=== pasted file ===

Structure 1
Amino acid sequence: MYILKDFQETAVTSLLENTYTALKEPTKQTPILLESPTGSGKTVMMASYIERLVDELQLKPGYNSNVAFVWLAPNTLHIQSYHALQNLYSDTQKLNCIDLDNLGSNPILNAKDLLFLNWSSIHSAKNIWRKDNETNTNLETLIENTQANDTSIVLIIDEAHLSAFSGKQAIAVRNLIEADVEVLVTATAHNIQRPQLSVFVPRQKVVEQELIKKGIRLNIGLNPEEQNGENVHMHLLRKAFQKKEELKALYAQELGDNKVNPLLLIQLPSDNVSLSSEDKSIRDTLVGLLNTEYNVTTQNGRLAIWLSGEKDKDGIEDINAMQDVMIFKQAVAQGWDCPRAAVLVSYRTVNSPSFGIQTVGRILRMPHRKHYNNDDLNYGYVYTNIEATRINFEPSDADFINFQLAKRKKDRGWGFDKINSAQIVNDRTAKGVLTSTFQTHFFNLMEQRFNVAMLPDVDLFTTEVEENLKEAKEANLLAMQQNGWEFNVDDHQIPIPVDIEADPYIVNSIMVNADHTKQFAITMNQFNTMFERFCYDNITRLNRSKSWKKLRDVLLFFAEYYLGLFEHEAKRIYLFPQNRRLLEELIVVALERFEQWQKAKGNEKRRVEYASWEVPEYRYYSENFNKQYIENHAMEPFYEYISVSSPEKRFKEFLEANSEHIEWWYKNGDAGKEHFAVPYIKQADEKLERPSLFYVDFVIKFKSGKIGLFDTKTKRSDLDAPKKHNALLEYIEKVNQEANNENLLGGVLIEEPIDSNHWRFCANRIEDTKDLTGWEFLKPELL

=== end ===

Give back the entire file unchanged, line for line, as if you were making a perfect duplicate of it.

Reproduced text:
Structure 1
Amino acid sequence: MYILKDFQETAVTSLLENTYTALKEPTKQTPILLESPTGSGKTVMMASYIERLVDELQLKPGYNSNVAFVWLAPNTLHIQSYHALQNLYSDTQKLNCIDLDNLGSNPILNAKDLLFLNWSSIHSAKNIWRKDNETNTNLETLIENTQANDTSIVLIIDEAHLSAFSGKQAIAVRNLIEADVEVLVTATAHNIQRPQLSVFVPRQKVVEQELIKKGIRLNIGLNPEEQNGENVHMHLLRKAFQKKEELKALYAQELGDNKVNPLLLIQLPSDNVSLSSEDKSIRDTLVGLLNTEYNVTTQNGRLAIWLSGEKDKDGIEDINAMQDVMIFKQAVAQGWDCPRAAVLVSYRTVNSPSFGIQTVGRILRMPHRKHYNNDDLNYGYVYTNIEATRINFEPSDADFINFQLAKRKKDRGWGFDKINSAQIVNDRTAKGVLTSTFQTHFFNLMEQRFNVAMLPDVDLFTTEVEENLKEAKEANLLAMQQNGWEFNVDDHQIPIPVDIEADPYIVNSIMVNADHTKQFAITMNQFNTMFERFCYDNITRLNRSKSWKKLRDVLLFFAEYYLGLFEHEAKRIYLFPQNRRLLEELIVVALERFEQWQKAKGNEKRRVEYASWEVPEYRYYSENFNKQYIENHAMEPFYEYISVSSPEKRFKEFLEANSEHIEWWYKNGDAGKEHFAVPYIKQADEKLERPSLFYVDFVIKFKSGKIGLFDTKTKRSDLDAPKKHNALLEYIEKVNQEANNENLLGGVLIEEPIDSNHWRFCANRIEDTKDLTGWEFLKPELL